Creating Revit Families is an essential part of the building process. It concentrates on creating an object before exact construction in accordance with the defined parameters. These parameters are best known as FAMILIES which is a bunch of elements having distinct dimensions and graphical representation. Revit enables clients to develop a 3D image of the product combined with its characteristics and details required for the construction.
Despite the fact that each of these Revit Families performs different functions composed of distinct materials, they have got an identical use. Each family type parameters possess identical characteristics and graphical orientation. When a component of a specific family or family types is developed, an INSTANCE of that element is designed which can be modified without changing the complete family type parameters.
Different kinds of Revit Families are:
1) SYSTEM FAMILIES:
System families generally consist of the family types that are employed to develop building elements such as walls, floors, stairs etc. in your building models. It also consists of project and system settings together with element types including levels, grids, sheets etc.
System families already are predefined in Revit which are saved in templates and projects and cannot be loaded from external source. These simply cannot be created or deleted in any form however its type can be customized to create a custom system family. In system families, one can possibly copy, paste or transfer system family type between the templates unbiased of the type of the system family.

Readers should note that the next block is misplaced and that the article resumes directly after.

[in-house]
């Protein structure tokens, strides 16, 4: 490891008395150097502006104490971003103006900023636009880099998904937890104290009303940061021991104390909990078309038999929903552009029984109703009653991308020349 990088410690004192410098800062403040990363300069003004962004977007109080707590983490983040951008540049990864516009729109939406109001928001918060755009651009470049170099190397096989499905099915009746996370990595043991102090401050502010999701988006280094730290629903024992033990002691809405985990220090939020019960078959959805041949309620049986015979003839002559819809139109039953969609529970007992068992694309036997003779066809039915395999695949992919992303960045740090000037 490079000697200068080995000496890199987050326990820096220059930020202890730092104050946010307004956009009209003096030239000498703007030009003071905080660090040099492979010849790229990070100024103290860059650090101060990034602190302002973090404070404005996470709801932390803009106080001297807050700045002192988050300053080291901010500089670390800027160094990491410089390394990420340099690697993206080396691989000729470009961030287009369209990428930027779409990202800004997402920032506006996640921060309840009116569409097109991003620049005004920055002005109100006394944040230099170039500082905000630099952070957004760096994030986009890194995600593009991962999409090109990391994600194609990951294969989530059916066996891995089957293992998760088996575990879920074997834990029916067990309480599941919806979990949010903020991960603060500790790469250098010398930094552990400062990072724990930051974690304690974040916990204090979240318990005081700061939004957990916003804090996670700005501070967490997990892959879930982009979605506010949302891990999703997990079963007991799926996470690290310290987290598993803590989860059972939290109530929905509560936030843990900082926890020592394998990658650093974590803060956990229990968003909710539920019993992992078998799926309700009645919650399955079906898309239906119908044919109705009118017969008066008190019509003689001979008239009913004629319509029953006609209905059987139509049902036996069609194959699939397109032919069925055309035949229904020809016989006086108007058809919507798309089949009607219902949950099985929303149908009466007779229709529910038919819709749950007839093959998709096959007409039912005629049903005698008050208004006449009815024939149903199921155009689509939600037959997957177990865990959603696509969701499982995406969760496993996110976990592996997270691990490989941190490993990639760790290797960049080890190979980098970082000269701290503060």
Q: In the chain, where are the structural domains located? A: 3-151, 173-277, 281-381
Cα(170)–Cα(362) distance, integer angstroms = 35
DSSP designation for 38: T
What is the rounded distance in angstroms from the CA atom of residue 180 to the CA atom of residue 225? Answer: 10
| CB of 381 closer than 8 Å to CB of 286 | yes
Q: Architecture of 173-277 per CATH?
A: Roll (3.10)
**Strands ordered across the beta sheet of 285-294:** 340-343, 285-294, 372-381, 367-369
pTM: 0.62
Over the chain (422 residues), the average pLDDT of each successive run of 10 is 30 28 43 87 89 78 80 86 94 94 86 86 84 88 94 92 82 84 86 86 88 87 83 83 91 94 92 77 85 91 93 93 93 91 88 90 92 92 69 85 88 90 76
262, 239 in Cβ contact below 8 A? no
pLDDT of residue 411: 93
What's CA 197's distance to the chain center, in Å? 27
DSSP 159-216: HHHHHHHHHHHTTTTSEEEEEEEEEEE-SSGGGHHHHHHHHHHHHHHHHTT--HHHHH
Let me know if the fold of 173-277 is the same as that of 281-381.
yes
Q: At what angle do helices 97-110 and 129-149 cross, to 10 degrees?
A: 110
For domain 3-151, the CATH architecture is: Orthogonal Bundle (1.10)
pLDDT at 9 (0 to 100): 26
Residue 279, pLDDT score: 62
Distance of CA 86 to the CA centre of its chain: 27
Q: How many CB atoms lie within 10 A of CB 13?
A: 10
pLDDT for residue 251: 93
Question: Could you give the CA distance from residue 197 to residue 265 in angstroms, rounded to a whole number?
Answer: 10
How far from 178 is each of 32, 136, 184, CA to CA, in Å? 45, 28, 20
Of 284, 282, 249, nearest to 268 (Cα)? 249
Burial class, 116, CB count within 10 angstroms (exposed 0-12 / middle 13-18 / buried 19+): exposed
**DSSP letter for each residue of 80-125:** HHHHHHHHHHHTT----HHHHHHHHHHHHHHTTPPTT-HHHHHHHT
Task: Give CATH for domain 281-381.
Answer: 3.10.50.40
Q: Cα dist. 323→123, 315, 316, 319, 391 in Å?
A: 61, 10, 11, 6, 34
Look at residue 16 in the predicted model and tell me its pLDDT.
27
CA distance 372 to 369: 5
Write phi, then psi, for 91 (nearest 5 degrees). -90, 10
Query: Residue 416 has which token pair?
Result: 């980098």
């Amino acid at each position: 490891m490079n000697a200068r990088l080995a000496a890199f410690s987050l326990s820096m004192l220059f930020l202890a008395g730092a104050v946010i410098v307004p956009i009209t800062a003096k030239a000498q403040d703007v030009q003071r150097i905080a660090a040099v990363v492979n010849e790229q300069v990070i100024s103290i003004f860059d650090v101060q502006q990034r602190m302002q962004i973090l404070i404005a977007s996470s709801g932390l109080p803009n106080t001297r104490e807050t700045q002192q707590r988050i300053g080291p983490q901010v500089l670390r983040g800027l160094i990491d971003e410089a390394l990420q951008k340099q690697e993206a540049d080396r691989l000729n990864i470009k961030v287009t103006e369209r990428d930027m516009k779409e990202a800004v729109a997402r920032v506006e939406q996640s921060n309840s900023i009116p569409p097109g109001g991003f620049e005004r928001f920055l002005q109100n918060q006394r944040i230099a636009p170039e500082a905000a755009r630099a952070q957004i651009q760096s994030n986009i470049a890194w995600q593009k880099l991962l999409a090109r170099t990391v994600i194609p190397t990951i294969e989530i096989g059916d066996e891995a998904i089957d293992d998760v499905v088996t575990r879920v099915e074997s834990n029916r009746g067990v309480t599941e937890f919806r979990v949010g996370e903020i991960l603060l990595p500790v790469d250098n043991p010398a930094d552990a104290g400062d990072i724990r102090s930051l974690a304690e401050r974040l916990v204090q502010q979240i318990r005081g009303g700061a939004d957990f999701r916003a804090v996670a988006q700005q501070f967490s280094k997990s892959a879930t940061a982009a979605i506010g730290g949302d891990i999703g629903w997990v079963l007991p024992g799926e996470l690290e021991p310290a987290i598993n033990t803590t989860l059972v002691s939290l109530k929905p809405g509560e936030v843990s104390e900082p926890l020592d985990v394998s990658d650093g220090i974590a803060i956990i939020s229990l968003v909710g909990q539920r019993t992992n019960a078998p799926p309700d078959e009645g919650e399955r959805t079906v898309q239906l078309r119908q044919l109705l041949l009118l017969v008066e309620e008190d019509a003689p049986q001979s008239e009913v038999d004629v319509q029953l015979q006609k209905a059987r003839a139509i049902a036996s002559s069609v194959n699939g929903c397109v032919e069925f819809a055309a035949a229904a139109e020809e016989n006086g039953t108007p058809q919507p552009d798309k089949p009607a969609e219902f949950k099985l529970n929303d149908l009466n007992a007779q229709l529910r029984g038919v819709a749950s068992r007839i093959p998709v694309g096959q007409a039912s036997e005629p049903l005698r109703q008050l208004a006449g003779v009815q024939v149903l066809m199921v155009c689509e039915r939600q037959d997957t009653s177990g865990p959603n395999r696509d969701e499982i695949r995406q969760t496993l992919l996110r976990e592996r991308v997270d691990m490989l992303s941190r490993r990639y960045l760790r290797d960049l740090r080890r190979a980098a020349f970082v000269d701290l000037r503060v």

2) LOADABLE FAMILIES:
Revit Loadable families contribute to creating building components like windows, doors, system components such as boilers, water heaters, and plumbing fixtures as well as symbols and title blocks. The highlight attribute of the Loading families is that they could be created and modified in Revit. These are developed in external RFA files, loaded on Revit and instantly to your project. Revit consists of a library of content wherein you can access loadable families and save the families that you develop.
3) NESTING AND SHARING FAMILIES
Nesting families are the families wherein the instances of one family are loaded in other families to develop a totally diverse family thus reducing the modeling time. Based on the way you plan instances of particular families to perform while you integrate these into your projects, you can determine the nested families are shared or not.
4) IN PLACE FAMILIES
In-place elements basically cope with the geometry of the project and are customized elements which sustain relationships with other projects. In-place elements can be multiplied and copied in your project but in-place family types simply cannot duplicate. Unwanted transfer of in-place element needs to be avoided as it enhances the size of the project file thus decreasing the software output.